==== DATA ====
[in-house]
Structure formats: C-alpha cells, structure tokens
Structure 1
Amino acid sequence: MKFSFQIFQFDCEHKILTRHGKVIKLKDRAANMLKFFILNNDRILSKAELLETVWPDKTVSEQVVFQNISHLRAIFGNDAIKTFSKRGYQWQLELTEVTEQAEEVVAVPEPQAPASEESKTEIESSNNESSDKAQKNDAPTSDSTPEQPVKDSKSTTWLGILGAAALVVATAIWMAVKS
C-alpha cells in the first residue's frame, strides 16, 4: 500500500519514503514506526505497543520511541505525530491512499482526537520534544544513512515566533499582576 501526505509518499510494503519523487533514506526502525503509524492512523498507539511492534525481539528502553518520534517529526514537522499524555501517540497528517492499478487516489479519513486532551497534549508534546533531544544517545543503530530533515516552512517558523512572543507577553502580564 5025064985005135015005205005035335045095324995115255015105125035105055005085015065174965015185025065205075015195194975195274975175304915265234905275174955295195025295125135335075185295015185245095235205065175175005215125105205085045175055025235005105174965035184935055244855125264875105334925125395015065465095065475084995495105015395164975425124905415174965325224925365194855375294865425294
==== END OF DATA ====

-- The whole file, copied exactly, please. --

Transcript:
[in-house]
Structure formats: C-alpha cells, structure tokens
Structure 1
Amino acid sequence: MKFSFQIFQFDCEHKILTRHGKVIKLKDRAANMLKFFILNNDRILSKAELLETVWPDKTVSEQVVFQNISHLRAIFGNDAIKTFSKRGYQWQLELTEVTEQAEEVVAVPEPQAPASEESKTEIESSNNESSDKAQKNDAPTSDSTPEQPVKDSKSTTWLGILGAAALVVATAIWMAVKS
C-alpha cells in the first residue's frame, strides 16, 4: 500500500519514503514506526505497543520511541505525530491512499482526537520534544544513512515566533499582576 501526505509518499510494503519523487533514506526502525503509524492512523498507539511492534525481539528502553518520534517529526514537522499524555501517540497528517492499478487516489479519513486532551497534549508534546533531544544517545543503530530533515516552512517558523512572543507577553502580564 5025064985005135015005205005035335045095324995115255015105125035105055005085015065174965015185025065205075015195194975195274975175304915265234905275174955295195025295125135335075185295015185245095235205065175175005215125105205085045175055025235005105174965035184935055244855125264875105334925125395015065465095065475084995495105015395164975425124905415174965325224925365194855375294865425294